EEOC Slea

EEOC bumps up poster violation penalty

The U.S. Equal Employment Opportunity Commission has adjusted its poster violation penalty for inflation, raising the fine from $534 to $545.

Every employer covered by Title VII of the Civil Rights Act, the Americans with Disabilities Act or the Genetic Information Nondiscrimination Act must post notices describing the pertinent provisions of those laws.

For many, EEOC’s “EEO is the Law” poster satisfies this requirement.

Posters must be prominently displayed in a common area where workers and job applicants normally congregate.

In addition to requiring that employers post EEO information in the workplace, the EEOC also strongly encourages companies to post the notice online.

In fact, it says that “in some situations, (e.g., for employees who telework and do not visit the employer’s workplace on a regular basis), it may be required in addition to physical posting.”

Employers also need to ensure that notices are accessible to individuals with disabilities, whether that includes placing the poster in an accessible location or offering a screen-reader friendly version.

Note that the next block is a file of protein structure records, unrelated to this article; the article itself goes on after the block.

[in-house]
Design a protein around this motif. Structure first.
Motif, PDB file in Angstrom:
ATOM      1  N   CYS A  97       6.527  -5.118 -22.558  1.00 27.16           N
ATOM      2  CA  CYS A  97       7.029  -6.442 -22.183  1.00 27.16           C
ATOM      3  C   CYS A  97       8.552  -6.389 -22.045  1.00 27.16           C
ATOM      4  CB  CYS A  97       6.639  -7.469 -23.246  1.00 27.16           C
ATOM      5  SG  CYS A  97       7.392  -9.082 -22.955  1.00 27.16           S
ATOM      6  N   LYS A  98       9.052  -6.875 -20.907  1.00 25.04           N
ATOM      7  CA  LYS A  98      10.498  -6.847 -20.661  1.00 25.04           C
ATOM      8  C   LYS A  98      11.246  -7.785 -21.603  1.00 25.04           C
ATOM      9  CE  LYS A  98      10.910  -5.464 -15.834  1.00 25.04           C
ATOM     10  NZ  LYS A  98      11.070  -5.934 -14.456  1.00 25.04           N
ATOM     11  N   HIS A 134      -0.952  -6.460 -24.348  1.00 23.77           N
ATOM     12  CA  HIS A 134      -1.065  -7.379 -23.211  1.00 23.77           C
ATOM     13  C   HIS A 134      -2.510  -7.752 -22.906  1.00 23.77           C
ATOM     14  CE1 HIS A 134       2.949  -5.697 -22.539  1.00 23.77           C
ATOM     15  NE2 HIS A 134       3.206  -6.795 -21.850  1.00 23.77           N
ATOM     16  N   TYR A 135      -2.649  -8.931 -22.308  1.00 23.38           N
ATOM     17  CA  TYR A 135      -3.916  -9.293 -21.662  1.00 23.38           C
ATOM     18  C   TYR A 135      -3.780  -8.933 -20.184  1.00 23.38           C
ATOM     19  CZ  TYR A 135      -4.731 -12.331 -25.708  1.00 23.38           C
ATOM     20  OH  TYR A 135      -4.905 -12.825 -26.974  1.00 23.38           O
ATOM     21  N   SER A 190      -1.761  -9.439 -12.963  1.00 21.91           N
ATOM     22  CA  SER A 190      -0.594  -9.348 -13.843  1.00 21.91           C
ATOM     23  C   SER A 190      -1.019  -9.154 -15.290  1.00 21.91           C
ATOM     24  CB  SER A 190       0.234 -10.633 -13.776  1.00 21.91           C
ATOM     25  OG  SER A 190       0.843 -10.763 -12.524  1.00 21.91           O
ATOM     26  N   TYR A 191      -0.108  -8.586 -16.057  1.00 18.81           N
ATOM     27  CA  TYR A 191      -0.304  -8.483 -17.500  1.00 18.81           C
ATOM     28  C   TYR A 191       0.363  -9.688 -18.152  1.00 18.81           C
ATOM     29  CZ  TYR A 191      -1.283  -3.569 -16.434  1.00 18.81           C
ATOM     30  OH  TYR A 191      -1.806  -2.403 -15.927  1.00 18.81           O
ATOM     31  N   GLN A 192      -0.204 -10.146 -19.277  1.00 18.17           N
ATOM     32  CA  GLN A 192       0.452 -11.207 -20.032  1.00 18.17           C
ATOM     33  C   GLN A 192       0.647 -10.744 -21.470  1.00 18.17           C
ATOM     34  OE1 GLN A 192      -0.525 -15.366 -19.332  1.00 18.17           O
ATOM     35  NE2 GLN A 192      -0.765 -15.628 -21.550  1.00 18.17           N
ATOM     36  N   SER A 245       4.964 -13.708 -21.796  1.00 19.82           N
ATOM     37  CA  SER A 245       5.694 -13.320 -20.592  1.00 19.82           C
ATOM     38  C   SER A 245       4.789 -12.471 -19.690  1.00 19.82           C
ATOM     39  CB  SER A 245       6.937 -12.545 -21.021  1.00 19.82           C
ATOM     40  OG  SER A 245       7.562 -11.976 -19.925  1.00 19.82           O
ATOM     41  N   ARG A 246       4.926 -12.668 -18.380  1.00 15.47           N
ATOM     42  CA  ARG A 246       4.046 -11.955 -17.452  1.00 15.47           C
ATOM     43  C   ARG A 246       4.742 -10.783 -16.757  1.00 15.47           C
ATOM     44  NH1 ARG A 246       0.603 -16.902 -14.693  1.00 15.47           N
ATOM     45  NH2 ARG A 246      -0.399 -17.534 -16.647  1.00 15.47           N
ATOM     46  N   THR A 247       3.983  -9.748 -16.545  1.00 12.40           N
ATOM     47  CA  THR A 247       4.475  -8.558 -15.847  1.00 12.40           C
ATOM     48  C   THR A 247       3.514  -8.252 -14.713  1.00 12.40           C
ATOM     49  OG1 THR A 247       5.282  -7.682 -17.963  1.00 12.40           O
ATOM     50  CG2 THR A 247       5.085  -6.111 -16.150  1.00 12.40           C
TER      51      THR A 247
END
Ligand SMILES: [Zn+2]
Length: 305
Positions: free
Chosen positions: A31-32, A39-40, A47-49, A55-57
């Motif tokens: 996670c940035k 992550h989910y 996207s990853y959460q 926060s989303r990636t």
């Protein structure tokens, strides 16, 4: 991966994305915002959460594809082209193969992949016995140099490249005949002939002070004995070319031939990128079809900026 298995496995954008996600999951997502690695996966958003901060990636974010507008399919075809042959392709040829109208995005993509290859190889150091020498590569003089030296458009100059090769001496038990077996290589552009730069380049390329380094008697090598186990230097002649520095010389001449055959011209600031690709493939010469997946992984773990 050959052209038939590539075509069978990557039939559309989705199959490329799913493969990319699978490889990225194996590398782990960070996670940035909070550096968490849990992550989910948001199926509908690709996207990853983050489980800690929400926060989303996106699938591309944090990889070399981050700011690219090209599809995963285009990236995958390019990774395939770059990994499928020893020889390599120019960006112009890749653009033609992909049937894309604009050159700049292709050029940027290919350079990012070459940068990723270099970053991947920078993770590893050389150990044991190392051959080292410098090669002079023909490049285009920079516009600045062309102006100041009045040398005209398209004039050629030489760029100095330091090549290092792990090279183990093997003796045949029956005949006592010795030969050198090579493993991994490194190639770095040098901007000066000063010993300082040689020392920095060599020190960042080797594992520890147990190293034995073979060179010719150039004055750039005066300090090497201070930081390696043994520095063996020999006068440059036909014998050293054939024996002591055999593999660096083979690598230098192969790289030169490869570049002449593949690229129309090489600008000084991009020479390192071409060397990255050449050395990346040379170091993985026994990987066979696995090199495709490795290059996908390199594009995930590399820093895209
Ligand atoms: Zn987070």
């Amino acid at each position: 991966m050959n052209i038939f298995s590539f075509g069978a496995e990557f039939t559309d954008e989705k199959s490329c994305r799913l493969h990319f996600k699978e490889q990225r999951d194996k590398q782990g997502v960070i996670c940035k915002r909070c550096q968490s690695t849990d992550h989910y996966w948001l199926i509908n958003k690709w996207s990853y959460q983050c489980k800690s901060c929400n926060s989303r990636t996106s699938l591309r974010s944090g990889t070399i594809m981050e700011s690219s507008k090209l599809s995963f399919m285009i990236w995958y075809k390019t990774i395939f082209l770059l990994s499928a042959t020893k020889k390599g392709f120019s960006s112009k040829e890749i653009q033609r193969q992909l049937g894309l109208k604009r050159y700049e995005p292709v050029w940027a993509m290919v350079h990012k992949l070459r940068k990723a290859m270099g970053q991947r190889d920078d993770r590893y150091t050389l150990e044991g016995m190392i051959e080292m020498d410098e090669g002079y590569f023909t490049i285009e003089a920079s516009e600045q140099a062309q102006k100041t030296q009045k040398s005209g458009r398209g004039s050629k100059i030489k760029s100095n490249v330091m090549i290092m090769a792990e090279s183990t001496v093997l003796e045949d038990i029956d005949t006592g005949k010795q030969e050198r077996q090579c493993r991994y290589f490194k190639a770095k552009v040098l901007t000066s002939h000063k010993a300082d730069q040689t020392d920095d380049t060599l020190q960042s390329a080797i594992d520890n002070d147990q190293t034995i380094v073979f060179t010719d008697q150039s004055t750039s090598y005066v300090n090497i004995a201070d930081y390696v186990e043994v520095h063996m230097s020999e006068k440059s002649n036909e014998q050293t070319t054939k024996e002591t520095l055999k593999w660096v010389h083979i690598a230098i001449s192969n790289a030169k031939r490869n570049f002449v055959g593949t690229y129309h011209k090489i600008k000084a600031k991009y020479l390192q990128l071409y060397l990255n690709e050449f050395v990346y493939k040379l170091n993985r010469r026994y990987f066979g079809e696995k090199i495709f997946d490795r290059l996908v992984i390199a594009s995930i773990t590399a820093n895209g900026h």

The EEOC makes the poster available in an accessible version and in several different languages on its website.

Employers frequently get themselves in trouble for perfunctorily putting these posters where they cannot be readily seen by employees, or not posting them at all. When an EEOC investigator stops by, often the first thing they inquire about is the EEO poster, and being out of compliance is not an auspicious way to begin an EEOC investigation.

About the Author

Larry Hannappel

Larry spent 16 years with Century Casino’s and was instrumental in the start-up and growth of the company through expansions in Canada, South Africa, the Czech Republic, Poland and on several cruise ships as well as in Colorado. He was most recently the SVP, Principal Finance Officer and COO of North American operations for Century Casinos Inc., a multinational, Nasdaq-traded gaming company. Earlier in his career, Larry worked at the Johns Manville Corp. Larry spent 13 years in various accounting and finance functions in the company’s fiberglass manufacturing division and was key in the start-up of a molding plant in Indiana. Larry and his wife Kathy and three children live in Colorado. He enjoys four-wheeling, motorcycling, golfing, skiing and brewing beer.